I had purchased salads from the Paul shop in the Paris airport, which I’d planned to eat instead of the food served on the plane, but the light lunch was actually good, so we saved the salads for later, which didn’t come until the next flight. After 9 hours in the air, I didn’t think they’d be any good, but fortunately it wasn’t warm on the plane and the salads were mostly sturdy greens – endive, radicchio, pears and foie gras, so they were still good.

We arrived, gathered out luggage, ordered an Uber, made our way home, took baths, got into bed, watched a movie and fell asleep.

The end of another amazing trip! Now … to get over jet lag!

(Tip from a flight attendant: Fast for 14 hours after getting back to the US. AND, use Melatonin for 5 days after (to go to sleep.) Since our last meal was on the plane (the salads) at 2pm, we could eat as early as 4am. We woke up about 3am, watched some videos and TV shows and went for a coffee at Peet’s and an early breakfast at the W Hotel at 7.30.

Now we’re getting back on track, sorting mail, unpacking and taking it easy.

Life is grand, and I’m so grateful we are able to make these trips!

Randy

 

Day 29 – Paris 1/12/15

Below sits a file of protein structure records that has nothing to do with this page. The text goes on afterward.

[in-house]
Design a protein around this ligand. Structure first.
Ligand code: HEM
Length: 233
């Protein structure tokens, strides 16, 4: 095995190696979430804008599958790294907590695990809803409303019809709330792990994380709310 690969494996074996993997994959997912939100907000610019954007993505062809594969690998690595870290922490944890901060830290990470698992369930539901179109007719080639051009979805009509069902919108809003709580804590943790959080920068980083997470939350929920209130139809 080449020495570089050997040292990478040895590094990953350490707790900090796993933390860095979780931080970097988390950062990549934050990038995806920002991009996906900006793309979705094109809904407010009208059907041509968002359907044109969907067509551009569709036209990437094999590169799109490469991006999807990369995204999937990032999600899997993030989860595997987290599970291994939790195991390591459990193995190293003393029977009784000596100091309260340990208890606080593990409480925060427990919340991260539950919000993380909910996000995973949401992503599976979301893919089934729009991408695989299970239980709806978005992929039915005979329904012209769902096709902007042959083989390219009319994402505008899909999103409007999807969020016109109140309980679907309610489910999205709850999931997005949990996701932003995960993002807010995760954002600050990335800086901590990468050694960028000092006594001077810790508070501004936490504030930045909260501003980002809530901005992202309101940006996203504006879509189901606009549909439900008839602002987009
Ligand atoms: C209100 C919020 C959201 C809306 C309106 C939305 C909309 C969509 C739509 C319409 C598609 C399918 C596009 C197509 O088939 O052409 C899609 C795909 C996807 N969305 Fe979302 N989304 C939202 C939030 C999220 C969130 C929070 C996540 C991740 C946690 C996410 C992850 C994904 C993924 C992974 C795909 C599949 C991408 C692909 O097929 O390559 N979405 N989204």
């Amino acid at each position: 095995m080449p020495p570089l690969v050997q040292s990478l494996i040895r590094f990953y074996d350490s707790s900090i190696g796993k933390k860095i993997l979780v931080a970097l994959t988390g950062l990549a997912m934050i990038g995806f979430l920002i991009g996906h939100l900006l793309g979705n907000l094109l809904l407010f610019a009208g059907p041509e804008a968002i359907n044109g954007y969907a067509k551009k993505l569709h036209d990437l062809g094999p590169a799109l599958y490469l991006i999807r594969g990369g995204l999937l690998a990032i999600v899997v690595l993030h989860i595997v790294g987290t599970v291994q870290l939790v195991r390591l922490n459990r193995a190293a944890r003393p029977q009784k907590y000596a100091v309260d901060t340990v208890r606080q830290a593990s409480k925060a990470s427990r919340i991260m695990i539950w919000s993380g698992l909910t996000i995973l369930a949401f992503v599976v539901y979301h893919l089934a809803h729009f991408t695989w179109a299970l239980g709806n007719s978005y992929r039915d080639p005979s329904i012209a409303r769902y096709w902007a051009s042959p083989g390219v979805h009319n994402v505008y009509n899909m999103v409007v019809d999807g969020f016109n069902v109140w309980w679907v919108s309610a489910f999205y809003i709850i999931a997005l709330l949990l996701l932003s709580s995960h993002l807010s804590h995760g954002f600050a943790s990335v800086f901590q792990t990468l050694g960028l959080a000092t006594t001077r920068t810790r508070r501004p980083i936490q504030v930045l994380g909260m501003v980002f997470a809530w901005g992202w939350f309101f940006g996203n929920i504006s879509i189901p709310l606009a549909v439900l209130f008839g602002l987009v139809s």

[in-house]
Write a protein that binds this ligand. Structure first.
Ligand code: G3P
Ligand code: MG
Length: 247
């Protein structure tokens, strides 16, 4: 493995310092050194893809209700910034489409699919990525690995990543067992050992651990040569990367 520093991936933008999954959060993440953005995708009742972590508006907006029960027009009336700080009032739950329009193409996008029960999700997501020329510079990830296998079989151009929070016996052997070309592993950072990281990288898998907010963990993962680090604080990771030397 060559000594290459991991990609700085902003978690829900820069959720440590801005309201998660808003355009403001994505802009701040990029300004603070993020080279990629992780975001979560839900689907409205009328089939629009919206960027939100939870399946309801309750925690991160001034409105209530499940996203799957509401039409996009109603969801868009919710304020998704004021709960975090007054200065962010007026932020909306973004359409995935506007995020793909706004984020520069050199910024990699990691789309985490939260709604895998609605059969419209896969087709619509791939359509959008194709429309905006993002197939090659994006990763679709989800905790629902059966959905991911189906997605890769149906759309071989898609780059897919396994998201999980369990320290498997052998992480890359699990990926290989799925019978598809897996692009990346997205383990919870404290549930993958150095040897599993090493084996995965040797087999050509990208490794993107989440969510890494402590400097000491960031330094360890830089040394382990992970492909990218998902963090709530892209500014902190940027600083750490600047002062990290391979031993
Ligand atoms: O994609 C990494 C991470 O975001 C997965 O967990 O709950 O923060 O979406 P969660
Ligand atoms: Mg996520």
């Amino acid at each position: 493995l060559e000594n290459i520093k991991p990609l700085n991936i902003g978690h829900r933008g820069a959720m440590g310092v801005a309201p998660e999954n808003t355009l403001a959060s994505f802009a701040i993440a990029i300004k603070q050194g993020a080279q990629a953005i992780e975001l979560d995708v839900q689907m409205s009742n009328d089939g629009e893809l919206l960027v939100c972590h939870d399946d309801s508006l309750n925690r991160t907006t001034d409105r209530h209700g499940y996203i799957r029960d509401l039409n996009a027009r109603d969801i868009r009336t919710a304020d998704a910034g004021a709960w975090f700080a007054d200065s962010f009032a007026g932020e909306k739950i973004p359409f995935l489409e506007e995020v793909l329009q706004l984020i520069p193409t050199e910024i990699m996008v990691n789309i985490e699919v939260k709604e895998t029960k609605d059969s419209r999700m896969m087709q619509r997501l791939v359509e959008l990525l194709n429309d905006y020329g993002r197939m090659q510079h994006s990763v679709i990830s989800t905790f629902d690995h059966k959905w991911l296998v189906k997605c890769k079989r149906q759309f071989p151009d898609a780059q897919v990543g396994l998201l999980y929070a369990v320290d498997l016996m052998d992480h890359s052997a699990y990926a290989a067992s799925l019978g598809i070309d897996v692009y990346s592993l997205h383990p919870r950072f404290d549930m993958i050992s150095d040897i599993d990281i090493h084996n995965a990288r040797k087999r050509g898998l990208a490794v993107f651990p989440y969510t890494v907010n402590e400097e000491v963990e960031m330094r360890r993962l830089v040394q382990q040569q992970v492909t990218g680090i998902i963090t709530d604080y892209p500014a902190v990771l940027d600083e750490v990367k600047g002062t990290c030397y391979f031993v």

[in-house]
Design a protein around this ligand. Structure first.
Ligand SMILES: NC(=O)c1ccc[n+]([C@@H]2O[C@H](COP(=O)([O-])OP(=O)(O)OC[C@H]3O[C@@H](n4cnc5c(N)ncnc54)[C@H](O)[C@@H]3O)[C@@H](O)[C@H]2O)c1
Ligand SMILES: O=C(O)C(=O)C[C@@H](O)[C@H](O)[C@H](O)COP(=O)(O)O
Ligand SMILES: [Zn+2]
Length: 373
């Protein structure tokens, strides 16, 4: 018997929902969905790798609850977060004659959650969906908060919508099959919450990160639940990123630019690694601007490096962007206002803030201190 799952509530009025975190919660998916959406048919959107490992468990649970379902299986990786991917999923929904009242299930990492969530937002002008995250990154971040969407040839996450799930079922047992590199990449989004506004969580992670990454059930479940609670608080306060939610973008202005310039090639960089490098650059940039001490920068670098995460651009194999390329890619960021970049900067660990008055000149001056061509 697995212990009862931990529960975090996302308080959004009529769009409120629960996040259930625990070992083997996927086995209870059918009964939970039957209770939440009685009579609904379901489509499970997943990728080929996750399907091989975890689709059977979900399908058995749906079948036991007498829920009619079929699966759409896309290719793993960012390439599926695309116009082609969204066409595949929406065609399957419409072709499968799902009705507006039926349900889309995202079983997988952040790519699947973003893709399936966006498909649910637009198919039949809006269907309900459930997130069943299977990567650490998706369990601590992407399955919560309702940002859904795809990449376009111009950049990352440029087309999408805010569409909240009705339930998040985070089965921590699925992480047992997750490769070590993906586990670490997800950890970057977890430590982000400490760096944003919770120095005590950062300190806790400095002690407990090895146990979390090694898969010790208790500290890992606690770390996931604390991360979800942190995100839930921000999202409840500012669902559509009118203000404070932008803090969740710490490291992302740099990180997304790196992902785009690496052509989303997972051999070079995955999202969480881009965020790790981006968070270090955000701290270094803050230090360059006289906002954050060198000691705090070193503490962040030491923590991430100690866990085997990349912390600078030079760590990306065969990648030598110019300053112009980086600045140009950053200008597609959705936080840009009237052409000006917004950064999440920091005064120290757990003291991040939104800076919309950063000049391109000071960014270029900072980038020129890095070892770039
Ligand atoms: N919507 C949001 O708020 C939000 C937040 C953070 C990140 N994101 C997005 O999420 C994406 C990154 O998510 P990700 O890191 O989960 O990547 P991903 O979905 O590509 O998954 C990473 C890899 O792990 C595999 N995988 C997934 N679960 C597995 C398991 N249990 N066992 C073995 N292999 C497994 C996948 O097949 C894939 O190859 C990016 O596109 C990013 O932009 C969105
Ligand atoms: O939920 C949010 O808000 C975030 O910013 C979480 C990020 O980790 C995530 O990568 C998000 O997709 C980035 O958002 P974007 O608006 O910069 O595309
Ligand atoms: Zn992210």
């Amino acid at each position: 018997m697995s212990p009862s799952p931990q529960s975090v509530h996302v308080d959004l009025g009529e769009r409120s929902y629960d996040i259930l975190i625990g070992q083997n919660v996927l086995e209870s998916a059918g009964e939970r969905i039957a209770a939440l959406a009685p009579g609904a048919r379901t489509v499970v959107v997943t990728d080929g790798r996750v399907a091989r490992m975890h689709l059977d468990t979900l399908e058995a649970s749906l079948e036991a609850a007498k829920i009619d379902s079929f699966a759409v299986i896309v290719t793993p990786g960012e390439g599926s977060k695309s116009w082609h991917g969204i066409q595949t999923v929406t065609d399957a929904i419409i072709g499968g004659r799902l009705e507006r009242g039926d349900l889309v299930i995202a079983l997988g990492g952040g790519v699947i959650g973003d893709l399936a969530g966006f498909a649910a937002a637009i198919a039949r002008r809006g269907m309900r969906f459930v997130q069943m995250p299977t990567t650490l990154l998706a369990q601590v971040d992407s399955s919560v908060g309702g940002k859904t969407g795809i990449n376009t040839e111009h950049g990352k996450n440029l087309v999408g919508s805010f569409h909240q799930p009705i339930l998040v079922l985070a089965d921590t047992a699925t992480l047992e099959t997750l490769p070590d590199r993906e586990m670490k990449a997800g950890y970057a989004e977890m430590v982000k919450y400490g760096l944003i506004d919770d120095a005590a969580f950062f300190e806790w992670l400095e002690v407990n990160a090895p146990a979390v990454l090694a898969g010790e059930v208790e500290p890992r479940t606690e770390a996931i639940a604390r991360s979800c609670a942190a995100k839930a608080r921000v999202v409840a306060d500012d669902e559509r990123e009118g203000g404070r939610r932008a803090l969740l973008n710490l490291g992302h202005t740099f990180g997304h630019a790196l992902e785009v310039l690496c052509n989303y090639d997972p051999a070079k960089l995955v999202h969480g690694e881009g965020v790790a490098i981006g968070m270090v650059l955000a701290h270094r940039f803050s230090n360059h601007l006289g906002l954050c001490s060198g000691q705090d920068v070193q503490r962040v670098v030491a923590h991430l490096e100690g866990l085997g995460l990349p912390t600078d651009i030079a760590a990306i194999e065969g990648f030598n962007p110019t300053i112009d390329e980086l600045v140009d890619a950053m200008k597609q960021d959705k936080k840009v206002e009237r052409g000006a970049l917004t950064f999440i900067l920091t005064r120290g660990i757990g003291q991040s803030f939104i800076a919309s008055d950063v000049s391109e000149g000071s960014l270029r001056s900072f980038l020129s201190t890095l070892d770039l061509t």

This is always the day we hate … prepping to leave. We don’t buy souvenirs, we don’t buy gifts for everyone, in fact, we don’t buy much at all, but it tends to accumulate. We have a collapsible bag for extras, but Seb had a major “haul” of fragrances this trip, which made it a bit more challenging. We had to purchase a bag, but it wasn’t much, and I’m sure it will come in handy next time too. All-in-all, the things we like to take home are things we can’t get otherwise – Fluer de Sel, good Herbs de Provence, and a few shower gels … things like that.

One funny note … I’ve made at least 12 trips to France and have never had onion soup. We both started feeling a bit run down, so we both had the soup and it was the best I’ve had. It was fragrant, not salty, and just the right about of everything, including the cheese. Frankly, we could have stopped there, but had already ordered chicken roti with a small piece of steak and ever so light and fluffy mashed potatoes with a perfect brown mushroom and thyme gravy. The whole meal was so tasty and hit the spot perfectly. The Burgundy we had with it was also stunning. What a great last meal in Paris – typical bistro food, but such a great choice.

Day 28 – Paris 1/11/15